Cosmetics Europe calls for a science-based cosmetic products regulation

In line with the objectives of the European Green Deal and of the Chemicals Strategy for Sustainability (SCCS), the European Commission is considering a modification of the European Regulation on Cosmetic Products (CPR). The revision would include, among other points: the Generic Risk Management Approach, the concept of essentiality [2], the definition of nanomaterials, product labelling rules, safety assessment and combination effects. The public consultation launched on this issue at the end of March was closed on June 21.

In its contribution to the public consultation, Cosmetics Europe laid down its recommendations , urging the European Commission to take a holistic approach to the revision process and see it in the overall context of various legislations stemming from the European Green Deal so that coherence and consistency across legislations can be ensured.

Cosmetics Europe says it fully supports the objectives of the Chemicals Strategy for Sustainability (CSS) of increasing the protection of health and environment, whilst boosting innovation and promoting EU competitiveness. However, the organisation recommends that any revision of the CPR should:

- foster a sustainable (globally) competitive cosmetics sector, entrepreneurship and innovation capacity;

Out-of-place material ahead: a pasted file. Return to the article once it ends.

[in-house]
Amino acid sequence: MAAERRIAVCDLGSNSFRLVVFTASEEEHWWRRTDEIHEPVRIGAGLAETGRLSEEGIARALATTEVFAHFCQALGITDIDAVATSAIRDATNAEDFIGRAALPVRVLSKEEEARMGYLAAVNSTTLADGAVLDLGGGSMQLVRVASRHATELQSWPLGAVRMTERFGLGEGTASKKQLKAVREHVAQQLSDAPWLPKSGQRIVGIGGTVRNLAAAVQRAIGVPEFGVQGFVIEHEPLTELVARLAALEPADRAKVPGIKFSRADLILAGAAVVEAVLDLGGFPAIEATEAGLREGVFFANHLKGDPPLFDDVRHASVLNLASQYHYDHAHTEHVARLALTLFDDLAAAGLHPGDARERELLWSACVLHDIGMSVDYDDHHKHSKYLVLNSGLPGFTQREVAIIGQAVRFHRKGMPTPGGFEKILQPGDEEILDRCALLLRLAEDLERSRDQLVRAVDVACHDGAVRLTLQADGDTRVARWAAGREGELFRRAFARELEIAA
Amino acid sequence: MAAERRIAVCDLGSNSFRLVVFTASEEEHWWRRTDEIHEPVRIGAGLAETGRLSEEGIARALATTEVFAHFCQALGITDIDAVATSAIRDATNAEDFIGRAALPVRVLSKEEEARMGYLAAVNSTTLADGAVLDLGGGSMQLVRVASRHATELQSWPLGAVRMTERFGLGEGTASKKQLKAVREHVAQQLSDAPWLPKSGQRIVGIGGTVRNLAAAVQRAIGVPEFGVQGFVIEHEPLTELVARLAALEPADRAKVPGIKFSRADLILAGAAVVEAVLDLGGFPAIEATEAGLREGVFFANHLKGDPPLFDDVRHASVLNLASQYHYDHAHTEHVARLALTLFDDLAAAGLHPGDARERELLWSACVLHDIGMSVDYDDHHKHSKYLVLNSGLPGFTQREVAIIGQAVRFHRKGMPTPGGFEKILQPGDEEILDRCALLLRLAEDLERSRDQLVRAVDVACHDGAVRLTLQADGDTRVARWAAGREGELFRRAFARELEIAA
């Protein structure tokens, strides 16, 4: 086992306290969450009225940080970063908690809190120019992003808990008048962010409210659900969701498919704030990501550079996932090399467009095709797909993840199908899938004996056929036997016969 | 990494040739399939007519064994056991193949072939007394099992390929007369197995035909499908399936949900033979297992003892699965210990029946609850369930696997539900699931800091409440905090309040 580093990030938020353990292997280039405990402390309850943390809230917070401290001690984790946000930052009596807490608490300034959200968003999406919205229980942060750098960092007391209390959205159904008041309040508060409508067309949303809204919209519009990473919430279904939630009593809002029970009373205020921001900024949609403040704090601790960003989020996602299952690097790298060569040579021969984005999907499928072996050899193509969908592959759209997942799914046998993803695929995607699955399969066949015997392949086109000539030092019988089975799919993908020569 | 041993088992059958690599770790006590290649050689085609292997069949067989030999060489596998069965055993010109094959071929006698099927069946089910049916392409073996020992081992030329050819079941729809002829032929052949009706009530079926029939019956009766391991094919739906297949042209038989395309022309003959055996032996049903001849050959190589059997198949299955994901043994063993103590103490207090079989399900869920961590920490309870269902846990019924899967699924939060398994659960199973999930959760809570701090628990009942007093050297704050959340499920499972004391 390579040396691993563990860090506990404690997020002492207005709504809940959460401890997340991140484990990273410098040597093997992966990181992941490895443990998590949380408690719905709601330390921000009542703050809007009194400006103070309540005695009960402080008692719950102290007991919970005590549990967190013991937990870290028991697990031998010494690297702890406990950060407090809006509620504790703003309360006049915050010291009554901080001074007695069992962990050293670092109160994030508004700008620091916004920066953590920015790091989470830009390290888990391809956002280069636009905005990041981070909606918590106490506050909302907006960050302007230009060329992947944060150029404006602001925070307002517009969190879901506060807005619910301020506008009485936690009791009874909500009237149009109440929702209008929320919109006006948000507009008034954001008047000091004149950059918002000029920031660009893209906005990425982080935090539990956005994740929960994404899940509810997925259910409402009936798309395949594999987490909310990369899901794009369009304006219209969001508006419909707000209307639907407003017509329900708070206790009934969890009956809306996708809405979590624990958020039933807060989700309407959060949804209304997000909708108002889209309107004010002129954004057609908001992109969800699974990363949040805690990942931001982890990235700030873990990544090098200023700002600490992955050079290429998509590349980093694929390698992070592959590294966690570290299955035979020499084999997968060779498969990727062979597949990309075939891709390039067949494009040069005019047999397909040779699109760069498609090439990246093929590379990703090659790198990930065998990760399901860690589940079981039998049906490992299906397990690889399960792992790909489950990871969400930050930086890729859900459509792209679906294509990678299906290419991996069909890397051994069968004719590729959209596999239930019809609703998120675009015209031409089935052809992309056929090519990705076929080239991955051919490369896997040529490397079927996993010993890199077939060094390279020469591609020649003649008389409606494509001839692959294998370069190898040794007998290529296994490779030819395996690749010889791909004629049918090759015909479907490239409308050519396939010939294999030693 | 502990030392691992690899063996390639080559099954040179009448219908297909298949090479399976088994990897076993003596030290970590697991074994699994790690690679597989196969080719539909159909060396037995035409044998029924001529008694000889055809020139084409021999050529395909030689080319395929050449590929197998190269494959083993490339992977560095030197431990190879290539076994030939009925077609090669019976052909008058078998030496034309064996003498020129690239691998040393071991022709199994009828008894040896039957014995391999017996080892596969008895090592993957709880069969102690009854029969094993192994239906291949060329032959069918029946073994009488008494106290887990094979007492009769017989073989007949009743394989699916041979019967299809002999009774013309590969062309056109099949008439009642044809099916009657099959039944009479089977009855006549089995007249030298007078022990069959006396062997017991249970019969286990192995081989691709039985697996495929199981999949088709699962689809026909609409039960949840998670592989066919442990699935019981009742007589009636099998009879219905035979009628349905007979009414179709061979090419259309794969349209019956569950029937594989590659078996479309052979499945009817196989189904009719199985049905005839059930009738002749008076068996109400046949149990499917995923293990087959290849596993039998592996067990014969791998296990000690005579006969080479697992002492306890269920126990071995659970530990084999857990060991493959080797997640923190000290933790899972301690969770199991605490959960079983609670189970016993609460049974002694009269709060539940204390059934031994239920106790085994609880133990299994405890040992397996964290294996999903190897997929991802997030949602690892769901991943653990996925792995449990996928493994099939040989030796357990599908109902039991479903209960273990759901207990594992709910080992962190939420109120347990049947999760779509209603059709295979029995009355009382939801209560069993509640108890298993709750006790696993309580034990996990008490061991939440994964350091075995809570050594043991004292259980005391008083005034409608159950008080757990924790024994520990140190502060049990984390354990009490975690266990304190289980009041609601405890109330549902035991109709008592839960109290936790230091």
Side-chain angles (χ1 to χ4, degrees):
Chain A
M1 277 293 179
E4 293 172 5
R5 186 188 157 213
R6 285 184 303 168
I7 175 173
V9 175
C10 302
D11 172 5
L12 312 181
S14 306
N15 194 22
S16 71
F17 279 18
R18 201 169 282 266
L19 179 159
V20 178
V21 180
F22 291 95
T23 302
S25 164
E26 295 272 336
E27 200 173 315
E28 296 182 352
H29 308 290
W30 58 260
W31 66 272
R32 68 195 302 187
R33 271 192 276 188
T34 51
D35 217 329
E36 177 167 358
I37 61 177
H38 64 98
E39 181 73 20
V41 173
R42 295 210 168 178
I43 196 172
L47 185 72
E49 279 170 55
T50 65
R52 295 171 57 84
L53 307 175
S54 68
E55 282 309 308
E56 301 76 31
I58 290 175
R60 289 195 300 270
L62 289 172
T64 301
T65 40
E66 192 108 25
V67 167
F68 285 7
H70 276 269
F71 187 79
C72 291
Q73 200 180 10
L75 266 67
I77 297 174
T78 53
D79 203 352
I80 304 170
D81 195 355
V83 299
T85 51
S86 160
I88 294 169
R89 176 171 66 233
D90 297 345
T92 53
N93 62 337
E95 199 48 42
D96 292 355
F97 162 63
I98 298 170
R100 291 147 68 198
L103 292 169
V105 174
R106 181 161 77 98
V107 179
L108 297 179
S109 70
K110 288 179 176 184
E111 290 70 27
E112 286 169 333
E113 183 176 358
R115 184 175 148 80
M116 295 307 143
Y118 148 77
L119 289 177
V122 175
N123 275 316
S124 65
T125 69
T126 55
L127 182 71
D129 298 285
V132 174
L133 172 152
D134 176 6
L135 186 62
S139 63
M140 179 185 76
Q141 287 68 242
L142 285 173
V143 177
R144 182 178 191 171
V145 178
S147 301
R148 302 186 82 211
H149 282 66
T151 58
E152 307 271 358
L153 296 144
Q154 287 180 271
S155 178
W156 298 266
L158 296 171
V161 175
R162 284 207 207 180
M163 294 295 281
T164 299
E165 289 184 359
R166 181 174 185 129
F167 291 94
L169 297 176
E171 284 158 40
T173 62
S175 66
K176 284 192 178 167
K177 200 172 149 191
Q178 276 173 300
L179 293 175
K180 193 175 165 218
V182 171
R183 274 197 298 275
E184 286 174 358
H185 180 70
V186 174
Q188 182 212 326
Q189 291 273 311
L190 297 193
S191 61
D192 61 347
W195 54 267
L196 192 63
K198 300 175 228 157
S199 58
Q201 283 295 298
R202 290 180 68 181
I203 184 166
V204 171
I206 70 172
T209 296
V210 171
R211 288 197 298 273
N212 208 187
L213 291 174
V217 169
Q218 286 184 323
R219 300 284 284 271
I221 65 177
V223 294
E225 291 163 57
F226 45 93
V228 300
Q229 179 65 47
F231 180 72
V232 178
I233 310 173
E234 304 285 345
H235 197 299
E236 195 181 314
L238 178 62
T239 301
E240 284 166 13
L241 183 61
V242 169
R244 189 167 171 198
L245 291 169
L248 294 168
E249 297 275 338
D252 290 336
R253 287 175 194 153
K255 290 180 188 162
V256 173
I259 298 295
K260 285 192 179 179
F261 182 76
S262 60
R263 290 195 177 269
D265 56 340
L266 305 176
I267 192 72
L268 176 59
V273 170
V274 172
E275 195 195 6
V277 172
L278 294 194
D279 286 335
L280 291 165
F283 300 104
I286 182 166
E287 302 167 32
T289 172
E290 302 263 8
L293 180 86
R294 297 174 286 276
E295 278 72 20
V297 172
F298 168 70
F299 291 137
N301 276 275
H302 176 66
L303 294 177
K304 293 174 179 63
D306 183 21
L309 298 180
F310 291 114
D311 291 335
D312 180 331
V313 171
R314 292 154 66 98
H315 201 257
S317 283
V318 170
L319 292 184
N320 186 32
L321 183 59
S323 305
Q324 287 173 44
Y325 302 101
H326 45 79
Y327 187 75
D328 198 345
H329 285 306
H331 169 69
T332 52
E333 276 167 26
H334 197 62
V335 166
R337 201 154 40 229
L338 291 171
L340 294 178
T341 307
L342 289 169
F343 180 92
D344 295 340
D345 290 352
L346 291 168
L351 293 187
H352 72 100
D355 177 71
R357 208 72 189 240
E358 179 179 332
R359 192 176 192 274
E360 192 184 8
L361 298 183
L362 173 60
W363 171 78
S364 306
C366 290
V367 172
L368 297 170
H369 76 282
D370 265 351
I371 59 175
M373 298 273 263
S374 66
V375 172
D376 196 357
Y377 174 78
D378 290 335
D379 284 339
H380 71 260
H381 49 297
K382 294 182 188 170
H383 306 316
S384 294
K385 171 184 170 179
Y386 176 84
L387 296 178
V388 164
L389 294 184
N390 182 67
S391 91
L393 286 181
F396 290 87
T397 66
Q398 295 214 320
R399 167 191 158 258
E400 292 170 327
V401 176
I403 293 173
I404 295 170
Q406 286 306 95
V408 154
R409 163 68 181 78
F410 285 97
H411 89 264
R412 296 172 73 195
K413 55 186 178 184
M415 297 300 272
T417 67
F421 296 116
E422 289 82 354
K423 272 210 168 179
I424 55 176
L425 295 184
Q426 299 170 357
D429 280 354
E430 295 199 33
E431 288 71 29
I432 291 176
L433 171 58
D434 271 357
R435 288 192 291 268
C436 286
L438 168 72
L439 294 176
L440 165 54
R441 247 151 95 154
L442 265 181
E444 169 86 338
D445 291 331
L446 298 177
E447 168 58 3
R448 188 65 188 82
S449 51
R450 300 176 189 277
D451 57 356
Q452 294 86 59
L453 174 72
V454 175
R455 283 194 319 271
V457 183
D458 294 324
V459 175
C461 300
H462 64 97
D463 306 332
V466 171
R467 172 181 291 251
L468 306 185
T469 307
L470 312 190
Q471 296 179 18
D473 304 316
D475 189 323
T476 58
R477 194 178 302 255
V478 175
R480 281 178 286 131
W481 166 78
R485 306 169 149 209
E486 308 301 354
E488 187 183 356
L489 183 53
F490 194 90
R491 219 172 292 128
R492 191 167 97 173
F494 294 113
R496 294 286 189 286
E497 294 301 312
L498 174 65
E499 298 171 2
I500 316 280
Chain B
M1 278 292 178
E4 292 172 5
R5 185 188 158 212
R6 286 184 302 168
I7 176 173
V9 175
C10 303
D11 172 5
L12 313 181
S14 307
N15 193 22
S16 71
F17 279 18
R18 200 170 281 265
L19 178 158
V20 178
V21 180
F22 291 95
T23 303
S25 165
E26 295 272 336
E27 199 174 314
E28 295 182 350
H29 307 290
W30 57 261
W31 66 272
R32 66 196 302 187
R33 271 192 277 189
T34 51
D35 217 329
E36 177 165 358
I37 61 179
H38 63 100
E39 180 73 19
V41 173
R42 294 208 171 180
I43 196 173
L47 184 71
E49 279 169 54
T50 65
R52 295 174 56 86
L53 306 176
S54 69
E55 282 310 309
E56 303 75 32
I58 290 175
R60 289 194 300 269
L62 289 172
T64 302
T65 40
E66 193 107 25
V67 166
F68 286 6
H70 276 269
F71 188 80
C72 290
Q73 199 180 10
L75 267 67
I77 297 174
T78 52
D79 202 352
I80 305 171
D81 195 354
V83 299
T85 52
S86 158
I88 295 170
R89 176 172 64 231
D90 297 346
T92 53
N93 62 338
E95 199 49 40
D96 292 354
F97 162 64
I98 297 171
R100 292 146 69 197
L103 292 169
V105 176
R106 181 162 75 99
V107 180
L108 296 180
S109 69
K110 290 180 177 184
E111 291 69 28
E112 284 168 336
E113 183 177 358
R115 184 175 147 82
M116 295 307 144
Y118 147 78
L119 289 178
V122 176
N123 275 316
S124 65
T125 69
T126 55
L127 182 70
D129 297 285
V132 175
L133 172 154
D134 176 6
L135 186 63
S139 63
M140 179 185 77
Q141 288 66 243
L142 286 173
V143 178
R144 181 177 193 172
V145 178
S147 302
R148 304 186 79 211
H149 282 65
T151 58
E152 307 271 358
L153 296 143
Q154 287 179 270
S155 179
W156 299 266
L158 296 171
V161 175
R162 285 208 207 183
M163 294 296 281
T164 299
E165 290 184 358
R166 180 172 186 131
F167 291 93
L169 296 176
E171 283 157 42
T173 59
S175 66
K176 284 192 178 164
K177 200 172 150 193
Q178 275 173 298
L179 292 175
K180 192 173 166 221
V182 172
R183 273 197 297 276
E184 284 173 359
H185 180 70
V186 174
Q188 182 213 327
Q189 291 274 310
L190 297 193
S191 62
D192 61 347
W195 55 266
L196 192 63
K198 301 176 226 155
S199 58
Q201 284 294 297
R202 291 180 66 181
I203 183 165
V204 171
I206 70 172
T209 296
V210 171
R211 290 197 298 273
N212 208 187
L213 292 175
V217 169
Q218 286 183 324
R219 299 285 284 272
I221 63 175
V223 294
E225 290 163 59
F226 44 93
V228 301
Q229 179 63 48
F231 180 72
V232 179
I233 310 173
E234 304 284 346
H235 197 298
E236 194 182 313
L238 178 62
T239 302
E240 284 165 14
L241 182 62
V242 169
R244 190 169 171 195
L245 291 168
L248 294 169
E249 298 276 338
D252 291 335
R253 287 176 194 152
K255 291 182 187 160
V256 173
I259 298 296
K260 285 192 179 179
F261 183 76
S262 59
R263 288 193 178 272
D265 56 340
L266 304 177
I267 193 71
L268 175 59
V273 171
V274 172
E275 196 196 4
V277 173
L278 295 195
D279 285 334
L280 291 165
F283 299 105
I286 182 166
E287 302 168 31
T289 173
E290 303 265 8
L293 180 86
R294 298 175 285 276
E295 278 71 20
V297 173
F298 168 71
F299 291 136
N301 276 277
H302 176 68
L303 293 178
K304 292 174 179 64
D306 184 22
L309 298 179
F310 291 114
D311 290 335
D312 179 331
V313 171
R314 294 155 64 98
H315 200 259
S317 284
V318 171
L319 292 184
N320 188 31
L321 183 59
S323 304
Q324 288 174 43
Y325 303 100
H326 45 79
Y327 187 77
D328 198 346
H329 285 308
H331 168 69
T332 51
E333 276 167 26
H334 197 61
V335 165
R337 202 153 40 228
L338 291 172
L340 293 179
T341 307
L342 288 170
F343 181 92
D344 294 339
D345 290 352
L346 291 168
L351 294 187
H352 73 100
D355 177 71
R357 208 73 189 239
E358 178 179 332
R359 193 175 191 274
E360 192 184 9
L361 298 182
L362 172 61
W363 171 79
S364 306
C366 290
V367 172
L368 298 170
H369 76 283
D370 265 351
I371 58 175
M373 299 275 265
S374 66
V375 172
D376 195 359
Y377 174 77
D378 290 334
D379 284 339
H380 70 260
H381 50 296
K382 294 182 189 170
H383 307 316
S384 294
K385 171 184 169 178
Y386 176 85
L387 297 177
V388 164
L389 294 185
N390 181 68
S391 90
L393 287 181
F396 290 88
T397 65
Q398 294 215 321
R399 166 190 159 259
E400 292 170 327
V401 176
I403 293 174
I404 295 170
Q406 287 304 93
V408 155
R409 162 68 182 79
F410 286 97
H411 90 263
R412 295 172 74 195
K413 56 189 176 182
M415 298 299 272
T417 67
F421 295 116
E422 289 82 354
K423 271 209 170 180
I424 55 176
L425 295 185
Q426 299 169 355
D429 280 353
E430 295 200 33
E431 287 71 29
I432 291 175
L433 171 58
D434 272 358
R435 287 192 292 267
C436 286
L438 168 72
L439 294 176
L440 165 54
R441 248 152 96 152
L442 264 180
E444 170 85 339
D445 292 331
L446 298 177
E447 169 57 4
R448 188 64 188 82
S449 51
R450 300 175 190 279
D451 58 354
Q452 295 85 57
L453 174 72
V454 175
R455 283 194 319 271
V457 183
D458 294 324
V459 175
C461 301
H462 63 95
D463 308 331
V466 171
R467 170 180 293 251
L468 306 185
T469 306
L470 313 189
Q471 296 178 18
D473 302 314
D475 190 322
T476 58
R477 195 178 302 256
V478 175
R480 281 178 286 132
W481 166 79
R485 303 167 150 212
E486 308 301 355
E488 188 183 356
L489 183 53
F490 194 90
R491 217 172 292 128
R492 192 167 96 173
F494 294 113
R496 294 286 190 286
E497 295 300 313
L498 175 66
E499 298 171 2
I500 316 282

- strengthen its science-based, proportionate, effective and efficient approach, addressing human and environmental safety in the interest of consumers, industry and authorities;

- acknowledge the long history of a high level of safety of European cosmetic products and keep, at its core, the principle of scientific safety-based risk assessment;

- remain the “Gold Standard” and international reference worldwide;

- maintain a level of regulatory burden achievable and manageable particularly by SMEs; and

- be future-proofed by introducing digital labelling provisions.

According to Cosmetics Europe, this notably involves maintaining a dedicated independent scientific committee for cosmetics safety assessment, and derogations to the concept of essentiality where safety the safety of cosmetics containing the concerned substances can be unambiguously demonstrated.

Furthermore, Cosmetics Europe also says an additional systematic safety margin for all cosmetic ingredients should not be introduced. “It is not necessary and would have significant negative impacts on practically all cosmetic products, consumer choice and public health, without a demonstrated positive effect on consumer safety,” the organisation states.

Eventually, while welcoming the introduction of a horizontal definition of nanomaterials and mandatory digital labelling requirements, Cosmetics Europe asks the Commission to ensure enough time for the industry to transition.

The pevious week, the International Fragrance Association (IFRA) raised concerns about the consequences of the European Commission’s strategy for the sustainability of chemicals. A new study, commissioned by the fragrance industry trade association, suggests a negative impact on the industry of up to EUR 2 billion per year.


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